Currently there are two main channels for information on Iraq: the Pentagon and the Iraqi stringers who work for Arab media outlets. For audiences unfamiliar with Arabic or alternative news sources on Iraq, the only available news comes from daily press releases by the U.S. military that are parroted by the establishment media.
Another dubious source of information is the U.S.-sponsored Iraqi television station al-Iraqiyah that began broadcasting in May 2003. In January 2004, the U.S. Defense Department awarded the Florida-based Harris Corporation a 12-month contract to manage the Iraqi Media Network, including al-Iraqiyah, and provided the physical infrastructure for the expansion of the network.
The U.S. military also hired the Washington-based public relations firm Lincoln Group to manipulate Iraqi public opinion in favor of the United States. The groupC”b,b”s covert program, worth millions of dollars, included various media activities that faked independent journalism in order to conceal the fact that it was U.S. state and military propaganda. Former Lincoln Group employees claim that U.S. military officials were aware of payments to Iraqi newspapers to print pro-U.S. articles and editorials.
Such state control has a boomerang effect. False news generated for the Iraqi public in local papers also comes to the United States as C”b,Enews.C”b,B This indirect state-meddling abroad, coupled with direct repression of the media at home, is also reflected in the Reporters Without Borders press freedom index. In 2002, the United States ranked 17th. In 2006, after six years of Bush administration, the rank has fallen to 56th.
Covering the War at Home
Unlike in Iraq, the problem in the United States began before the 2003 invasion. In the prestigious New York Times, Judith Miller dutifully parroted the propaganda issued by the Bush administration about IraqC”b,b”s weapons of mass destruction during the lead-up to the invasion. Quoting one anonymous source after another, she became a highly effective vehicle of the Bush administration in disseminating misinformation and lies about Saddam HusseinC”b,b”s possession of and attempt to acquire WMDs.
Later, during an interview with PBS Frontline conducted on July 13, 2006, in the presence of her lawyer, Miller brazenly defied criticism of her WMD coverage saying, C”b,EI didnC”b,b”t feel that I had anything to apologize for with my WMD coverage.C”b,B
Once the invasion was launched, anchorman Tom Brokaw of NBC Nightly News announced to viewers nationwide, C”b,EOne of the things that we donC”b,b”t want to do…is to destroy the infrastructure of Iraq because in a few days weC”b,b”re going to own that country.C”b,B
The PentagonC”b,b”s C”b,EembeddedC”b,B program where mainstream media journalists volunteer to act as propagandists requires a journalist to sign a contract giving the military control over her or his output which amounts to total censorship. Embedding continues to this day, as does corporate ownership of the media. Together they ensure coverage of the occupation that is biased in favor of the state as the media watchdog group Fairness and Accuracy In Reporting (FAIR) has exposed.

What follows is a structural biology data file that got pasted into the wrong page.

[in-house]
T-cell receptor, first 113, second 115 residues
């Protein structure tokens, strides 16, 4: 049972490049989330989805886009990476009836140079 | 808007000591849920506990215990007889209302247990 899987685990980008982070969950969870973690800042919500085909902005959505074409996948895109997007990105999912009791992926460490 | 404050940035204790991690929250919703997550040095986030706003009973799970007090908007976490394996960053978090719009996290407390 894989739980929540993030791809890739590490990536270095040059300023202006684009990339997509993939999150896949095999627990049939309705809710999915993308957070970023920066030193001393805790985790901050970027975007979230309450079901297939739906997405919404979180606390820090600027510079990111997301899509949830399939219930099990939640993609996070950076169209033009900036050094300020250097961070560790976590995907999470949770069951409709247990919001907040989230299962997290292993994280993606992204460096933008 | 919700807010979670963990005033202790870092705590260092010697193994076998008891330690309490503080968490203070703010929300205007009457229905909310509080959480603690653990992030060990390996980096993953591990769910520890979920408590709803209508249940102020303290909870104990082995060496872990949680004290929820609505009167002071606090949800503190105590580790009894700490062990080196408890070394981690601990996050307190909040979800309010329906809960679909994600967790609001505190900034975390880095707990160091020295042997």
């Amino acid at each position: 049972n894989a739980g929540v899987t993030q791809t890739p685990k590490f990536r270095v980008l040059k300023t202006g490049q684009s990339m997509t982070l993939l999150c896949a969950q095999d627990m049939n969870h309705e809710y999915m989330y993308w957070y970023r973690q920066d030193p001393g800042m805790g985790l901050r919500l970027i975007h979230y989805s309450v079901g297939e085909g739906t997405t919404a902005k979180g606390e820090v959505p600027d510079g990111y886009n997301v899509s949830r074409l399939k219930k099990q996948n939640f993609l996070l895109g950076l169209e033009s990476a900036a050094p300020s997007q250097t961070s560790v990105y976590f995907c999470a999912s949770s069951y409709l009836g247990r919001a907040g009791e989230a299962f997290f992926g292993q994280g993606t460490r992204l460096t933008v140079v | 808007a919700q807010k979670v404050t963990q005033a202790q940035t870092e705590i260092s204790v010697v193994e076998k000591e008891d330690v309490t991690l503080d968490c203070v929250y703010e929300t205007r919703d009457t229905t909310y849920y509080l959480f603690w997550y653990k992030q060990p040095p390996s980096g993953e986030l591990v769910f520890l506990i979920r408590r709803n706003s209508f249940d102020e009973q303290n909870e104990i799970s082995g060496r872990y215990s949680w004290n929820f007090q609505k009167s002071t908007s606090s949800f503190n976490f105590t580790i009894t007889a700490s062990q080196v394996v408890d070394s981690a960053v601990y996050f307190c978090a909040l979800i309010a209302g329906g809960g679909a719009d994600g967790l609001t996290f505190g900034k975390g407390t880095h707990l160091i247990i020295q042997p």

Corporate ownership of the media has much to do with the transformation of nationally televised news personalities into cheerleaders for war. Take the example of the Associated Press. Its board of directors includes the CEOs and presidents of ABC, McClatchy, Hearst, Tribune, and the Washington Post. Two of the directors belong to extremely conservative policy councils like the Hoover Institute, a Republican policy research center located on the campus of Stanford University and referred to as C”b,EBushC”b,b”s brain trust.C”b,B Douglas McCorkindale, another member of the AP board, is on the board of Lockheed Martin, the worldC”b,b”s largest defense contract company. The board of AP displays a clear tilt toward right-wing conservative views, represented by a huge corporate media network of the largest publishers in the U.S.
Today in the United States, our media is more homogenized than ever. Only six corporations control the major U.S. media: Rupert MurdochC”b,b”s News Corporation, General Electric, Time Warner, Disney, Viacom, and Bertelsmann. These corporations also happen to be heavy financial supporters of the elite political groups (Republicans and Democrats alike) that control this country. They put politics ahead of responsible journalism.
C”b,EAs news outlets fall into the hands of large conglomerates with holdings in many industries, conflicts of interest inevitably interfere with news gathering,C”b,B according to FAIR. C”b,EIndependent media are essential to a democratic society, and…aggressive antitrust action must be taken to break up monopolistic media conglomerates.C”b,B
Until that happens in the United States, media coverage of Iraq is likely to worsen. As for Iraqi journalists, promises of free speech and freedom of the press–just like the earlier promises of liberation, economic opportunity, and freedom for the Iraqi people–will not materialize before the end of the U.S. occupation of the country.
Dahr Jamail has reported from inside Iraq and is a Middle East expert. He writes for Inter Press Service, The Asia Times, and is a contributor to Foreign Policy In Focus.